I want your feedback here. Post a comment, tweet at me at @gbbloom or email me at Gary@TinyBlueMusic.com but let me hear your thoughts. Maybe it will turn out that I'd have to do it for free, after all, and then you'd just be getting yourself a Stonesy little album!

Tuesday, November 9, 2010

Musical Freebie

You know, I've gone to shows before and bought the CDs of unsigned or fairly unknown bands and have been happy about it. I absolutely loved The Riddlin Kids (and am bummed they are gone; here a video of I Feel Fine, my favorite RK song). Saw the Spin Doctors, for free, in Boston, and piked up the CD of their opening act, an Atlanta band named Honestly. Their initial album dominated my car CD player for a month or two. Good tune, good times. I also used to check out the now defunct Garageband.com when I was a member. Yes, I was publicizing my own music but I was also looking for new tunes. I'd download mp3s from bands that seemed solid, make a mix CD and toss it in the car, and then go order the albums of a few that really appealed to me. Always, always on the look out for new tunes where I could get them.

What I really loved, though, were the free tunes. A band giving up the free mp3s (like GB.com did, and that's part of why I give up some free mp3s on TinyBlueMusic.com) or even sampler CDs at the music stores. No, I don't mean Best Buy, I mean actual music shops like Sound Traxx II over in Middletown, NY. Sampler disks that would have new bands and established bands, and help you figure out what else you might want to buy. It was fun. Loved it. Love new tunes. So that fueled my next decision.

I already explained in my blast blog posting "You Choose the Tunes" about the new album. The fact that I'm letting listeners decide which of my demo songs will be re-recorded for the new album. Old fashioned voting style (well, except that it's on the Internet, and you get to listen to all of the songs via digital player first, and you can vote multiple times and send the link to your friends to skew the voting towards a song that you like... which my younger cousin is probably doing since one of the songs was inspired by her). The thing with voting these days, though, is that there really isn't anything in it for you. So... I'm putting something in it for you.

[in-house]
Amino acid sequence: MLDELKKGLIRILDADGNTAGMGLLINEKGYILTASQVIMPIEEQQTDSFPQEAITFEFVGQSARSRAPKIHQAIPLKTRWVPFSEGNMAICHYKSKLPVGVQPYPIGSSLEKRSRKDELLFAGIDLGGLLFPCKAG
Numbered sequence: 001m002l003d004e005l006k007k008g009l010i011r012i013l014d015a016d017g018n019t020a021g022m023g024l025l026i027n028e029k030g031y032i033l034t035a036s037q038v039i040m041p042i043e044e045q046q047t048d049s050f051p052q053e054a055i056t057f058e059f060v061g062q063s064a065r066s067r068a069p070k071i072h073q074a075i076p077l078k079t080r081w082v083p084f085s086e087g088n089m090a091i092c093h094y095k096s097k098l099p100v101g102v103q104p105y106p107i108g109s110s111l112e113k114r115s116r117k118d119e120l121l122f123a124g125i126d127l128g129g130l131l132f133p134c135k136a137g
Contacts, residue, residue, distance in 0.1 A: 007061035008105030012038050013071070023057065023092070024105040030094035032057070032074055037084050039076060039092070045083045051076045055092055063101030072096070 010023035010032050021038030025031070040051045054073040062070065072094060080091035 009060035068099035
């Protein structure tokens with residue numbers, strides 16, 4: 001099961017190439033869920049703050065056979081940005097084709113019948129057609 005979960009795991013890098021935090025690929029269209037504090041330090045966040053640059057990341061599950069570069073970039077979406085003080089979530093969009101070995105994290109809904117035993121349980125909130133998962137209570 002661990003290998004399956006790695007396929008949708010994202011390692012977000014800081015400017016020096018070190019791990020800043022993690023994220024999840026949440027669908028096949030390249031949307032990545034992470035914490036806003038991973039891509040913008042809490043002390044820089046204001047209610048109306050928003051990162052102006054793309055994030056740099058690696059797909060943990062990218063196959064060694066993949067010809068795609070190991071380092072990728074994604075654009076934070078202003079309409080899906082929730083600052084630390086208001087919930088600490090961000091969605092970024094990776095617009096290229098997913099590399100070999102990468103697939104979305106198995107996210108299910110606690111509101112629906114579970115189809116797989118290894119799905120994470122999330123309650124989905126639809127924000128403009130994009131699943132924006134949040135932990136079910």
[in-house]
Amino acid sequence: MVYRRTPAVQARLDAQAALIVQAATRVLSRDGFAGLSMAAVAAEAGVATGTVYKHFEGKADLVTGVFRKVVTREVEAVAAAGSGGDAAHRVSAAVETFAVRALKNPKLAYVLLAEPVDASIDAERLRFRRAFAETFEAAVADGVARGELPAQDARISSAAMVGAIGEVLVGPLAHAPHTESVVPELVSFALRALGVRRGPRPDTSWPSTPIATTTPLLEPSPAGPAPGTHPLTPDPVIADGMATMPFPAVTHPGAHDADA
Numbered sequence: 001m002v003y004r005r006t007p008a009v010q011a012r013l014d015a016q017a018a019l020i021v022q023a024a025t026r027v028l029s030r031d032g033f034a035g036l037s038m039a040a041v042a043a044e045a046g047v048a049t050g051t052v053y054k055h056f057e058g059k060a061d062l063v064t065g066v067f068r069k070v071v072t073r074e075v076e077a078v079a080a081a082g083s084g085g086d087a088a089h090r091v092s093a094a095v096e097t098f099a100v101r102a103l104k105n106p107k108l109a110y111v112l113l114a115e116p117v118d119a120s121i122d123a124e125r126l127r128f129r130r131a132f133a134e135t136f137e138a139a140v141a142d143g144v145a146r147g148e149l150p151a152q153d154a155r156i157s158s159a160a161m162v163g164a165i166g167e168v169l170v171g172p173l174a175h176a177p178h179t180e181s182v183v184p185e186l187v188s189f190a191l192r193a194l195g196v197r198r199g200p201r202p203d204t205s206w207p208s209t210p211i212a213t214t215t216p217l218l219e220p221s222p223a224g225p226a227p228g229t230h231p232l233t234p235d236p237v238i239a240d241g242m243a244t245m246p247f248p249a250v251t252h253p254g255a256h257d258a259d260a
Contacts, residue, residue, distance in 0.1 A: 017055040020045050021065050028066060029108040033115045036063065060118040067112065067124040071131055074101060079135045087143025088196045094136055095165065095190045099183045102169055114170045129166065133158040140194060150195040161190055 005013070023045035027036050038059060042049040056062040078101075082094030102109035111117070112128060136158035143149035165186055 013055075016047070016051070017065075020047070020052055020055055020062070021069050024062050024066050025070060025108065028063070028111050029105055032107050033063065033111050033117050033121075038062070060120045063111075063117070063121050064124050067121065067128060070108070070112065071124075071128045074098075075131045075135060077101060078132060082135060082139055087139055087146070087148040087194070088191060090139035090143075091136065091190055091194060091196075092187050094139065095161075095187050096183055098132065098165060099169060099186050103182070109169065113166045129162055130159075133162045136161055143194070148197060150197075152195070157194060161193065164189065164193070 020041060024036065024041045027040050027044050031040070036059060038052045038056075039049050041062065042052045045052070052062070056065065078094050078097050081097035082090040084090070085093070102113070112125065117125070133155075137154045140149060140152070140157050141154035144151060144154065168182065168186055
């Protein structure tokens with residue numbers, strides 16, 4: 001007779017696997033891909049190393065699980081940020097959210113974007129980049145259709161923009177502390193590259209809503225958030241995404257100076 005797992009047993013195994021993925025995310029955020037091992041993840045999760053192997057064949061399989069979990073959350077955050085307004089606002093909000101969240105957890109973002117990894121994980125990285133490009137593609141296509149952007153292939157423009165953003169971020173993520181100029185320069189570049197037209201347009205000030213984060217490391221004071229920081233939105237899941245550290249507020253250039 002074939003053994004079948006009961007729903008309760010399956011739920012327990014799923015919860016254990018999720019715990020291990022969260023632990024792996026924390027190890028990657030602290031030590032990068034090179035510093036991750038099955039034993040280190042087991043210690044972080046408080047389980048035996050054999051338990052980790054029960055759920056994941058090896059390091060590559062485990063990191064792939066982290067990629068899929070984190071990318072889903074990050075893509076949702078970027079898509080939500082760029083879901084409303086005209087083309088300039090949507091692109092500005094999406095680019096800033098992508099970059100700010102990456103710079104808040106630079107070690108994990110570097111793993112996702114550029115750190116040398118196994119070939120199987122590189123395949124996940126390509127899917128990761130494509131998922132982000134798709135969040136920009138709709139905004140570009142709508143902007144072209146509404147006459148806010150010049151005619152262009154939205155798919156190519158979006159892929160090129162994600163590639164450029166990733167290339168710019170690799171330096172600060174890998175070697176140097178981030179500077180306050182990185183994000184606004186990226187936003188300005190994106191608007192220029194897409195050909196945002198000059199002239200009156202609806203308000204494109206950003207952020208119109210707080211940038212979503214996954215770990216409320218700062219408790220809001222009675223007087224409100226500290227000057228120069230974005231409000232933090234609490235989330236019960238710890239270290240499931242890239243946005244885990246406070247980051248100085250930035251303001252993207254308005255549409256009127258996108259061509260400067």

The voting is still open: go to the Demo Listening Page and then to the voting page (or over to "You Choose the Tunes" if you want the in-depth explanation first). Then go vote. Be sure to put your email address into the field on the second page. Why? Well I'm going to randomly pick a person (possibly two) and give out a free copy of the new album. If they don't already have a copy of my first release, Lighting the Dark, I'll give them a copy of that too. If they do have it... I'm picking a second person to get copies of both. Because new tunes are cool to have. And I want to be the guy giving the new tunes.

Alright, seriously, why are you still here reading this? Go vote!

Monday, November 8, 2010

You Choose the Tunes

The time has come - it's finally ready! I recorded 14 demo songs - rough cuts with just guitar and vocals, no mixing, no mastering, just there to give you an idea of what the songs will sound like. The basics. Only nine of them will be re-recorded for the new album, however. Truth is, I'm just not sure which nine.

That's where you come in. You get to listen to the songs and vote for which songs you like the best. The top nine songs will get re-recorded, along with "Grams" (you can hear that on the music page at TinyBlueMusic.com to make up the ten song album.

The page is right here: http://www.tinybluemusic.com/demolisten.html